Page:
November 4, 2020
by Andy Alexander, S.J.
Creighton University's Collaborative Ministry Office
click here for photo and information about the writer

Memorial of Saint Charles Borromeo, bishop
Lectionary: 487

Philippians 2:12-18
Psalm 27:1, 4, 13-14
Luke 14:25-33

Praying Ordinary Time

St. Charles Borromeo from Vatican News

Work out your salvation with fear and trembling.
For God is the one who, for his good purpose, works in you both to desire and to work
. ...
Do everything without grumbling or questioning. Philippians 2

The LORD is my light and my salvation; whom should I fear? Psalm 27

Whoever does not carry his own cross and come after me cannot be my disciple.
Which of you wishing to construct a tower does not first sit down and calculate the cost
to see if there is enough for its completion?
 Luke 14

These are marvelous readings for the times in which we find ourselves. Paul says it wonderfully. While we are about working out our salvation, it is God who works in us to desire and accomplish what we do. It is the right balance of grace working within us. We fail, if we try to do it all ourselves. It fails if we don't do our part.

The psalmist recognizes that with the Lord as my light and my salvation, fear is useless. In fact, fear is the reason I struggle to let God be light for my path to a salvation that is offered me.

Jesus wants us to be his disciples, closer to him than to anyone, to any thing else. He wants to be at the center of our hearts. He knows this will involve taking up crosses to follow him that completely. He isn't just talking about enduring crosses that come our way. We surely do that. He's talking about taking up a cross that has discipleship with him written all over it.

And, Jesus talks about assessment and preparation. He advises us not to try to be his disciple without really choosing it and planning for it. I wouldn't try to be a best friend to someone, to enter into a marriage or to take on a big responsibility, without realizing it is going to take generosity, freedom and hard work to do it well. We've all heard people who have struggled with commitments, with the words, "I didn't know it would be this challenging." Jesus wants us to know what a relationship with him will involve. So he asks us to consider what else has possession of our hearts. He asks us to assess if we have what it takes. This is where the desire comes in. We know from our human experience that we really can do what we really want. The assessment is whether I'm desireing the right things. Re-alighning my priorities - the things I keep finding myself choosing, doing, wanting more of - that aren't part of my relationship with Jesus come to our attention. We may discover some things I treasure and value which are opposed to my relationship with Jesus. It takes real reflection and assessment to do this.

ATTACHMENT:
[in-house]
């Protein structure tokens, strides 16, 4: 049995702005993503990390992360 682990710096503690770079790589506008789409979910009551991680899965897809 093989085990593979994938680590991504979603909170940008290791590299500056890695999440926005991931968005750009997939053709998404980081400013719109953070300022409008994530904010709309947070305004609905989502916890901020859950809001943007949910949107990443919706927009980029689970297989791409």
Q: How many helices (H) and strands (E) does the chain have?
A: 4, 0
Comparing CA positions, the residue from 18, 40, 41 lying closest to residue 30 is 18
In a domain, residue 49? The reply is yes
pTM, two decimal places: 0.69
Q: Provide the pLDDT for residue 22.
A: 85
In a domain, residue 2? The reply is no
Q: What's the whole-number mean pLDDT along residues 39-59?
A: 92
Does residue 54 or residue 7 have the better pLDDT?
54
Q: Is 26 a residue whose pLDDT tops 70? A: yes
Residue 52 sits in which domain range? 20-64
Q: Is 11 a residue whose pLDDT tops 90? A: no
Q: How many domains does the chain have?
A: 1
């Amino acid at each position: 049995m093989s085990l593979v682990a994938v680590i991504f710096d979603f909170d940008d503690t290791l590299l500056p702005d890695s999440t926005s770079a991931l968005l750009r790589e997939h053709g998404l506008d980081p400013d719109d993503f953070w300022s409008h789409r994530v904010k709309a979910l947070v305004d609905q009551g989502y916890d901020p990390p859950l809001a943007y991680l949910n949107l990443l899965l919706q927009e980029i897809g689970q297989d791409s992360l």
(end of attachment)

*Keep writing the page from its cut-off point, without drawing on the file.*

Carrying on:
Jesus is helping us see that we can't simply say, "Of course, I want to be your follower," without really preparing for what that will mean. St. Ignatius helps us with this in the Spiritual Exercises when he invites us to desire a relationship with Jesus which is free from all attachments, and desires not only to be with him, but to be more like him. Knowing that we might not be there fully, Ignatius invites us to "ask for the desire to desire it." He suggests we more closer than we are. He suggests that it is in the asking that we name our desire and focus ourselves on desiring it more deeply. He's suggesting we open ourselves more completely to making a space in our hearts to recieve these new, deeper desires.

Dear Lord, Jesus. I so want to be your disciple. I am so very grateful for your love, your patience, your mercy, your accompanying me on my journey. I want to say "yes" more completely, with more commitment, but with more affection, more passion. I want to be prepared to take up whatever you ask of me, so that I can be closer to you, with you, in all I am and do, and to imitate you more completely. Help me, please, by renewing, refreshing, strengthening these desires in me. I want to know, with your help, that whatever sacrifice greater freedom requires, I will experience a peace and a joy that nothing else in the world can give. And, Lord, if it be your desire for me, let me be a witness and an example for others that your love can transform even a heart like mine. I ask this with a growing attraction to your way developing within me and a growing trust in your promises.

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